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Server-Side Request Forgery (SSRF) — Part 3: Other advanced techniques

Hello geeks; This is the third and final part of this series about SSRF attacks. Let’s remember that in Part 1, we looked at the basic concepts behind such kinds of attacks. Then, in Part 2 we learned how to circumvent protections that a website could put in place by using some IPv4 magic tricks from Nicolas Grégoire. In this final part, I will explore with you two techniques I learned from Orange Tsai at the DEFCON 25. All the credit for the present technique goes to him and I of course thank him very much for sharing his work with the community 😀. I also remind to you that all the application code I will be using for the following demonstrations is publicly available on my SSRF Lab hosted on GitHub and this last part is still using a Docker-Compose script that should get all of it up and running as-is within it’s own network.

So, let’s use one more time our Super Popular App presented in Part 1 and Part 2, which has only one purpose: It’s a test page for WebHook integration, and should be able only to call external network addresses:

Also note that this time, our WebHook code is written in Python Flask. We still have our other secret.corp internal server located at 10.0.0.3. Remember my conclusion of Part 2, that could be rephrased as:

Do not try to parse URLs yourself; Instead use libraries that are made for this.

So you do exactly that, and using the usual Python 2.7 libraries you implement a filter on the hostname part of the url that was submitted:

url=request.form['handler']
host = urlparse.urlparse(url).hostname
if host == 'secret.corp':
return 'Restricted Area!'
else:
return urllib.urlopen(url).read()

Let’s try to access this famous server by trying http://secret.corp:

Well, the filter seems to do it’s job! Now, just for science, let’s try http://google.com# @secret.corp instead (notice the whitespace character in the middle of the URL):

Wait, what happened again? Our filter using a standard parsing library got bypassed and authorized a request it wasn’t supposed to? Well, yes and no; The problem here is that we use one library to filter the hostname and another one to do the actual request, and they do not interpet whitespaces in URLs the same way! The urlparse library recognized the URL as being addressed to google.com while urllib thought it was for secret.corp and acted accordingly. So here it’s the difference of interpretation between the two libraries that lead to this SSRF vulnerability.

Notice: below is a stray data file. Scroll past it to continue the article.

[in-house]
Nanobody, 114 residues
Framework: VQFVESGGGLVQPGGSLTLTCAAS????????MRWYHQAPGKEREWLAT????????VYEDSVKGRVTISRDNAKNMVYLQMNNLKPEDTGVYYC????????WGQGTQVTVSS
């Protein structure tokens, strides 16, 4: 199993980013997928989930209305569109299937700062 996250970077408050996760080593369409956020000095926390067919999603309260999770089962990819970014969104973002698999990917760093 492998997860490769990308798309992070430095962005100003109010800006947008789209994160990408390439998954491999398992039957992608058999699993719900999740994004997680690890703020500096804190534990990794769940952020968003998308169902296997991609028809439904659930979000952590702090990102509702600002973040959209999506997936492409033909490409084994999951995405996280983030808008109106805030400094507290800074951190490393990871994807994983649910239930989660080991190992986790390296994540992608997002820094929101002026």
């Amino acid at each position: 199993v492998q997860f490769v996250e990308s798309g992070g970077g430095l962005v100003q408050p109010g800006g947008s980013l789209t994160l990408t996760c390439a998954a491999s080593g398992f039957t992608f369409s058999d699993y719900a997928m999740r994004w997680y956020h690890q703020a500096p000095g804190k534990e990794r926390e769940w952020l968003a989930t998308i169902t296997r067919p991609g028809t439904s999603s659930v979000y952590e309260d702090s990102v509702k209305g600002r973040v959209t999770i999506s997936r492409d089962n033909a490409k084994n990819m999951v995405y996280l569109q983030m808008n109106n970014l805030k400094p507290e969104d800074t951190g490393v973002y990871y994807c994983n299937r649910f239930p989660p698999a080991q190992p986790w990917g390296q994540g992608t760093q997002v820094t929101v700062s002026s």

But it gets worse… This is part of a slide from Orange Tsai’s presentation:

Source: Orange Tsai @ DEFCON 25

As you can see, Python libraries all have their own ways of handling whitespaces in URLs, and if you don’t stick with one way throughout your whole application, unexpected results might happen when dealing with those. Here is what says the official RFC3968:

The authority component is preceded by a double slash (“//”) and is terminated by the next slash (“/”), question mark (“?”), or number sign (“#”) character, or by the end of the URI

From this definition, it is kind-of ambiguous which library behaves right; I would personally say that none correspond to this behaviour exactly.

Future work: Protocol injection

As a conclusion, I would like to introduce the notion of protocol injection: Remember in Part 1 the structure of a URL:

scheme://user:pass@host:port/path?query=value#fragment

How could-it be possible to bypass a fixed scheme:// with only access to the HTTP(S) protocol? Meet the newline injection technique. Now, at the time of this writing, I have not implemented it as a webserver exploit in my SSRF Lab, but it will be available on this GitHub repository folder in a short time. Meanwhile, let’s consider a user on our WebHook testing server. A mail server is located at mail.corp , using a default Ubuntu Postfix installation. Our WebHook server can only make HTTP requests. However, if we are able to inject newline characters ( \r\n ) as in the hostname and the library accepts it, it is possible to send valid commands to the SMTP server during the SSL handshake. This is what the TCP response from the mail server looks like:

Request:
url = https://mail.corp\r\nHELO web.corp\r\nMAIL FROM...:25/
Response:
SMTP: 502 5.5.2 Error: command not recognized <SSL Gibberish>
SMTP: 250 web.corp
SMTP: 250 2.1.0 Ok
...
SMTP: 502 5.5.2 Error: command not recognized <SSL Gibberish>

The trick here is that during the SSL handshake, the hostname is used entirely, including with it’s newline characters if they were accepted by the library making the request. The thing is, SMTP interprets newlines as “end-of-command” signals so we can insert valid commands in between the SSL handshake traffic. I still have some testing to do in order to have a valid POC of this in my Lab, but my first Wireshark captures are promising 😀. Note here that the same trick should apply for any text-based protocol : I can imagine well using this in order to register to an internal SIP server, for example. Leave a comment if you have a suggestion of implementation for me and final thanks to Orange Tsai and Nicolas Grégoire for their work!

Happy Hacking!

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